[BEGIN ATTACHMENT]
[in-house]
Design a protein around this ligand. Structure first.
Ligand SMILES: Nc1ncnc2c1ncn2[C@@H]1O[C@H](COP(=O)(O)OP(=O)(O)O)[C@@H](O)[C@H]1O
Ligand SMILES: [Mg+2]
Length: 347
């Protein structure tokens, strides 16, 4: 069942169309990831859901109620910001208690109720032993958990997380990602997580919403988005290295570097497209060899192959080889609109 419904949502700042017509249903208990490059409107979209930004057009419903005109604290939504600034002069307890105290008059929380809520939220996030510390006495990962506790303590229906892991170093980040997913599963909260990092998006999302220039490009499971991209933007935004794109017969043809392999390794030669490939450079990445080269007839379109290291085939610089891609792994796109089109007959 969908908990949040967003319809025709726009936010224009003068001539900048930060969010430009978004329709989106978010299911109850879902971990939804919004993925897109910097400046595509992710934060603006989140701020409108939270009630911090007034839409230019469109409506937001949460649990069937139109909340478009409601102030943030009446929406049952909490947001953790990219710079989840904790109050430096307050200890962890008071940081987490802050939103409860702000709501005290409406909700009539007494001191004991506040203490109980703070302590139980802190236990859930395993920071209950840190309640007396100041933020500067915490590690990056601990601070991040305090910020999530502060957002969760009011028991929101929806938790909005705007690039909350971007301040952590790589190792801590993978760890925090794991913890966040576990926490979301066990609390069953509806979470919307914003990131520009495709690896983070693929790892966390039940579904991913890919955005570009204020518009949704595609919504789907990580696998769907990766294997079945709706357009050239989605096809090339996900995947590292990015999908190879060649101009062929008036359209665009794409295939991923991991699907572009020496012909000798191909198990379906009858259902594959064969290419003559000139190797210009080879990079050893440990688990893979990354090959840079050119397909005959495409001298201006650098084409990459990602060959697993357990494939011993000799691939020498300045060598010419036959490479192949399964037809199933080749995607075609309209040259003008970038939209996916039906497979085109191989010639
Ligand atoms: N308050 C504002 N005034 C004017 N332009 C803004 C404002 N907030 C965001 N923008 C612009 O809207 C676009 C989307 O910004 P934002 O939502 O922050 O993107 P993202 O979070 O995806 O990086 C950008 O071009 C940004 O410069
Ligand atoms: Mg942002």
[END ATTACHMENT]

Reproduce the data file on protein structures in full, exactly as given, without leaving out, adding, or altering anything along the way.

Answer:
[in-house]
Design a protein around this ligand. Structure first.
Ligand SMILES: Nc1ncnc2c1ncn2[C@@H]1O[C@H](COP(=O)(O)OP(=O)(O)O)[C@@H](O)[C@H]1O
Ligand SMILES: [Mg+2]
Length: 347
């Protein structure tokens, strides 16, 4: 069942169309990831859901109620910001208690109720032993958990997380990602997580919403988005290295570097497209060899192959080889609109 419904949502700042017509249903208990490059409107979209930004057009419903005109604290939504600034002069307890105290008059929380809520939220996030510390006495990962506790303590229906892991170093980040997913599963909260990092998006999302220039490009499971991209933007935004794109017969043809392999390794030669490939450079990445080269007839379109290291085939610089891609792994796109089109007959 969908908990949040967003319809025709726009936010224009003068001539900048930060969010430009978004329709989106978010299911109850879902971990939804919004993925897109910097400046595509992710934060603006989140701020409108939270009630911090007034839409230019469109409506937001949460649990069937139109909340478009409601102030943030009446929406049952909490947001953790990219710079989840904790109050430096307050200890962890008071940081987490802050939103409860702000709501005290409406909700009539007494001191004991506040203490109980703070302590139980802190236990859930395993920071209950840190309640007396100041933020500067915490590690990056601990601070991040305090910020999530502060957002969760009011028991929101929806938790909005705007690039909350971007301040952590790589190792801590993978760890925090794991913890966040576990926490979301066990609390069953509806979470919307914003990131520009495709690896983070693929790892966390039940579904991913890919955005570009204020518009949704595609919504789907990580696998769907990766294997079945709706357009050239989605096809090339996900995947590292990015999908190879060649101009062929008036359209665009794409295939991923991991699907572009020496012909000798191909198990379906009858259902594959064969290419003559000139190797210009080879990079050893440990688990893979990354090959840079050119397909005959495409001298201006650098084409990459990602060959697993357990494939011993000799691939020498300045060598010419036959490479192949399964037809199933080749995607075609309209040259003008970038939209996916039906497979085109191989010639
Ligand atoms: N308050 C504002 N005034 C004017 N332009 C803004 C404002 N907030 C965001 N923008 C612009 O809207 C676009 C989307 O910004 P934002 O939502 O922050 O993107 P993202 O979070 O995806 O990086 C950008 O071009 C940004 O410069
Ligand atoms: Mg942002």